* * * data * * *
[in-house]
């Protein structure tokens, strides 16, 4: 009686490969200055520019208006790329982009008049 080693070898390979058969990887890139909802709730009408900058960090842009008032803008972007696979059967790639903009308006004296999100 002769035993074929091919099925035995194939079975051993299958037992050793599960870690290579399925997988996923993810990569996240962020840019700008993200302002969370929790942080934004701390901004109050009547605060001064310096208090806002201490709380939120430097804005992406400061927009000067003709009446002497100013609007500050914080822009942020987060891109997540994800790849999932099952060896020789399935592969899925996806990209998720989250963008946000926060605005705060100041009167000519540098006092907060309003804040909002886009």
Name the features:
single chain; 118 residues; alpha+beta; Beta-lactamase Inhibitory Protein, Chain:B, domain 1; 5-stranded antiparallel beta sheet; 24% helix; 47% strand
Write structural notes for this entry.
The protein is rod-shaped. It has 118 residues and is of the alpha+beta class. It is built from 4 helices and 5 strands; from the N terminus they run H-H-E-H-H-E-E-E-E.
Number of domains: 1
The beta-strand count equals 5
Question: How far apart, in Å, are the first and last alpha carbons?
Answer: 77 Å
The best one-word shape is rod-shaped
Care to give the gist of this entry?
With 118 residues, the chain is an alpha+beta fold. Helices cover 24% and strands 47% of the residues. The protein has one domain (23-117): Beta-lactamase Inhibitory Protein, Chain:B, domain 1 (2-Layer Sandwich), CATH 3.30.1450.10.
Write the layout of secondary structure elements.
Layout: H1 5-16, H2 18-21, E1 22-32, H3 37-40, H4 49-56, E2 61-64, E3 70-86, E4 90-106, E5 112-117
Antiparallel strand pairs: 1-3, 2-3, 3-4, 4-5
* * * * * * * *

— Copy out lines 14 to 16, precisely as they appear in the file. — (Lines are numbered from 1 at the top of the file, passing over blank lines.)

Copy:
Write the layout of secondary structure elements.
Layout: H1 5-16, H2 18-21, E1 22-32, H3 37-40, H4 49-56, E2 61-64, E3 70-86, E4 90-106, E5 112-117
Antiparallel strand pairs: 1-3, 2-3, 3-4, 4-5